Broken Social Scene, Band of Horses, Drive-By Truckers Bring Big Guitar Rock to SXSW

March 19th, 2010 by Michael Hoinski Leave a reply »

Photograph by Tony Landa
Night two of the SXSW Music Festival featured a trio of big guitar bands with new lineups, playing new — in some cases not even completed — albums. The pressure was on to strike a balance between satiating fans with classics and testing new material without trying their patience.

More SXSW day two guitar rock: full report on Stone Temple Pilots’ set.

The Southern rock band Drive-By Truckers — now without its third singer-songwriter, Jason Isbell — proved the worth of their new album, The Big To-Do, right from the get-go at Stubb’s. Remaining singer-songwriters Patterson Hood and Mike Cooley went back and forth with hardened new songs about old themes, principally boozing (”The Fourth Night of My Drinking”), whoring (”Birthday Boy”), and employment with “fast food wages” (”This Fucking Job”).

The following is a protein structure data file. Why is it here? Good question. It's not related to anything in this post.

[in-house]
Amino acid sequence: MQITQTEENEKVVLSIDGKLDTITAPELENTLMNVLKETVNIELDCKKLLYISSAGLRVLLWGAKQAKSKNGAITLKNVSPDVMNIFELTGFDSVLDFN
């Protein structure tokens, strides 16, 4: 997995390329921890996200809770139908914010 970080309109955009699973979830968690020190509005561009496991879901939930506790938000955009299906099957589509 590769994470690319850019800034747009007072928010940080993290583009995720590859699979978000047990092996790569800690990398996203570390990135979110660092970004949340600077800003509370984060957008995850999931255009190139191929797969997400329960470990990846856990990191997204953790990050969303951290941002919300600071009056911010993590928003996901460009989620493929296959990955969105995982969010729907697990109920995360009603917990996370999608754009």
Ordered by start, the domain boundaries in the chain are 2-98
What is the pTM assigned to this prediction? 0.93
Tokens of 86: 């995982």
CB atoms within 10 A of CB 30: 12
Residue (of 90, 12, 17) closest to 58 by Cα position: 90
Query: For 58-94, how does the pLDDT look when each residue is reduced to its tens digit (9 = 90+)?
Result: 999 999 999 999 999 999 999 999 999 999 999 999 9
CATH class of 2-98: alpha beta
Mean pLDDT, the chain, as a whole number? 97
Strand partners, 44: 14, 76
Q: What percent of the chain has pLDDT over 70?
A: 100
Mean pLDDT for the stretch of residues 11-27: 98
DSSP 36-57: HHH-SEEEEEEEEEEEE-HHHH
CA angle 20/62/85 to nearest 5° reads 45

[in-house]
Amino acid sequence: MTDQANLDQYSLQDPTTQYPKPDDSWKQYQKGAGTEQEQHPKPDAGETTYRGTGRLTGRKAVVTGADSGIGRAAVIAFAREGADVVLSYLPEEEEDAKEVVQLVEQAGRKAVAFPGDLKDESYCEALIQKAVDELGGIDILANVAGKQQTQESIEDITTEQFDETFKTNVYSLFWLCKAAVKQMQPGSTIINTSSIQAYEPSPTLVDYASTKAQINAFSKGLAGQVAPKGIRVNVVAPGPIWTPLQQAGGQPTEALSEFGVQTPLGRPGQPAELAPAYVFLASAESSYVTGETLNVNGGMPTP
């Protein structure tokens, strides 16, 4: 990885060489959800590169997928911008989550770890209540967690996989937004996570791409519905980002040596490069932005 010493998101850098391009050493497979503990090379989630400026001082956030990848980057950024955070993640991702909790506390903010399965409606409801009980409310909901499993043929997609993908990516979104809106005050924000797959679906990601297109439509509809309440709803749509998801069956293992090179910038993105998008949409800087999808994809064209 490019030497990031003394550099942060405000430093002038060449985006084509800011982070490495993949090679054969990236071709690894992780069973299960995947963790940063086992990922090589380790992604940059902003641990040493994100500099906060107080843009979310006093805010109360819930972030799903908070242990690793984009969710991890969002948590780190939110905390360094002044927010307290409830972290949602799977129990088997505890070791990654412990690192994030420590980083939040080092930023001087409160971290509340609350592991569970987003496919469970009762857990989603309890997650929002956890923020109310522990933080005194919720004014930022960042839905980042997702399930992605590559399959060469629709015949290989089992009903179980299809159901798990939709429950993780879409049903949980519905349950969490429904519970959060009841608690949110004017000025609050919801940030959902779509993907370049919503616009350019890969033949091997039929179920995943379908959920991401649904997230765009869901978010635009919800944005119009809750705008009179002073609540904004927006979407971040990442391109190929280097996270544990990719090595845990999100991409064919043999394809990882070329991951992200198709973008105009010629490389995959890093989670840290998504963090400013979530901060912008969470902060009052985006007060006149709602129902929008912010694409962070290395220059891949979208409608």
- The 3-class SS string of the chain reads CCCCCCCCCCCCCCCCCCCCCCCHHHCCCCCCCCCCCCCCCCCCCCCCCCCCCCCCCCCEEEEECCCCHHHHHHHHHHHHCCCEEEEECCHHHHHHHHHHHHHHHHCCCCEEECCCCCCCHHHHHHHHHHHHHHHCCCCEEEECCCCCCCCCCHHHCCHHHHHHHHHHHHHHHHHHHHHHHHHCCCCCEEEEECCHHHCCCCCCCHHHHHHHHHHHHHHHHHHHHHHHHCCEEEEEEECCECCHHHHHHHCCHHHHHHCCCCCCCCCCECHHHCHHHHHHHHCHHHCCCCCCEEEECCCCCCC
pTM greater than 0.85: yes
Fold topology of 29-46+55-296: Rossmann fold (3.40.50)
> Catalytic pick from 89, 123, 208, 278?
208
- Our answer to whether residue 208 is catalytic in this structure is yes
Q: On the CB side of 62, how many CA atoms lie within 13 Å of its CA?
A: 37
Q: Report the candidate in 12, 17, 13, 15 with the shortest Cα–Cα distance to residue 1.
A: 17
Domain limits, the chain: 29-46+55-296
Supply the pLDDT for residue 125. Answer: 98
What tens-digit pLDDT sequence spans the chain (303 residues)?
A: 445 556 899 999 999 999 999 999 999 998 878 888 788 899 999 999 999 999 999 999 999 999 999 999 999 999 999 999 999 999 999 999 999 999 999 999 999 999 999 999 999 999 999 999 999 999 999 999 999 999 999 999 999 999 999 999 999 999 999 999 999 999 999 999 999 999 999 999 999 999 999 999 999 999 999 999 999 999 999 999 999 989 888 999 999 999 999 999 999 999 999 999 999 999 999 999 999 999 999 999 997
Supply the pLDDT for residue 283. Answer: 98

Muscle Shoals legend Spooner Oldham joined the band on keyboard for their final song, “Let There Be Rock.” Hood said it was in homage to record stores, where boys and girls learn about music new and old, and about Big Star’s Alex Chilton, who died of an apparent heart attack Wednesday.

Band of Horses followed with their bar-raising stadium rock. Under a crescent moon emblazoned on a blue backdrop projected onto the underside of the stage’s half-shell, frontman Ben Bridwell led his revamped lineup through a stout set including “The Funeral,” one of the great singles of the passing decade. The middle of the set featured two songs — “Factory” and “Compliments” — from the new album Infinite Arms, out May 18th. They may have been working titles but the mechanics therein were anything but in flux. “Factory” was a casual rocker with a punchy refrain and an undercurrent of keys, ov...

Article Source: Rolling Stone : Rock and Roll Daily


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